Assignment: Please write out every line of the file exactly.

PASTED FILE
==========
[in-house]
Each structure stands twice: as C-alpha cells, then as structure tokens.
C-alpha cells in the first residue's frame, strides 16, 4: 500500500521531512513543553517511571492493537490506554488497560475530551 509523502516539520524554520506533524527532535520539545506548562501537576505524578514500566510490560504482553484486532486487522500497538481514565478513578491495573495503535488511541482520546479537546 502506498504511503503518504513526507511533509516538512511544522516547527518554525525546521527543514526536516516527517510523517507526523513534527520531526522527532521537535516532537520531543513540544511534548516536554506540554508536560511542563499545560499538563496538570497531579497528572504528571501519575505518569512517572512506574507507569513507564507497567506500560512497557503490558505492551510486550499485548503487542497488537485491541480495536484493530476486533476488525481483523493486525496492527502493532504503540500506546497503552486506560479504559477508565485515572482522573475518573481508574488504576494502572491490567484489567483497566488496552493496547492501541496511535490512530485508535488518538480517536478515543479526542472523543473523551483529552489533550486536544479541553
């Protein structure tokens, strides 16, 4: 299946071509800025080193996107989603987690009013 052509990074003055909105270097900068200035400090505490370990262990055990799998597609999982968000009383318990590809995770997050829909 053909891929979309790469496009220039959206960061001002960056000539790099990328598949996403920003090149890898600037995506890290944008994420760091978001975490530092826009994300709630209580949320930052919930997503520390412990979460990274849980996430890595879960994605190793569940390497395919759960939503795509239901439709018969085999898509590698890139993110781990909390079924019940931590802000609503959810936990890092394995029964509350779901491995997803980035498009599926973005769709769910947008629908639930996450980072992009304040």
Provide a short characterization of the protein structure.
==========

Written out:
[in-house]
Each structure stands twice: as C-alpha cells, then as structure tokens.
C-alpha cells in the first residue's frame, strides 16, 4: 500500500521531512513543553517511571492493537490506554488497560475530551 509523502516539520524554520506533524527532535520539545506548562501537576505524578514500566510490560504482553484486532486487522500497538481514565478513578491495573495503535488511541482520546479537546 502506498504511503503518504513526507511533509516538512511544522516547527518554525525546521527543514526536516516527517510523517507526523513534527520531526522527532521537535516532537520531543513540544511534548516536554506540554508536560511542563499545560499538563496538570497531579497528572504528571501519575505518569512517572512506574507507569513507564507497567506500560512497557503490558505492551510486550499485548503487542497488537485491541480495536484493530476486533476488525481483523493486525496492527502493532504503540500506546497503552486506560479504559477508565485515572482522573475518573481508574488504576494502572491490567484489567483497566488496552493496547492501541496511535490512530485508535488518538480517536478515543479526542472523543473523551483529552489533550486536544479541553
């Protein structure tokens, strides 16, 4: 299946071509800025080193996107989603987690009013 052509990074003055909105270097900068200035400090505490370990262990055990799998597609999982968000009383318990590809995770997050829909 053909891929979309790469496009220039959206960061001002960056000539790099990328598949996403920003090149890898600037995506890290944008994420760091978001975490530092826009994300709630209580949320930052919930997503520390412990979460990274849980996430890595879960994605190793569940390497395919759960939503795509239901439709018969085999898509590698890139993110781990909390079924019940931590802000609503959810936990890092394995029964509350779901491995997803980035498009599926973005769709769910947008629908639930996450980072992009304040």
Provide a short characterization of the protein structure.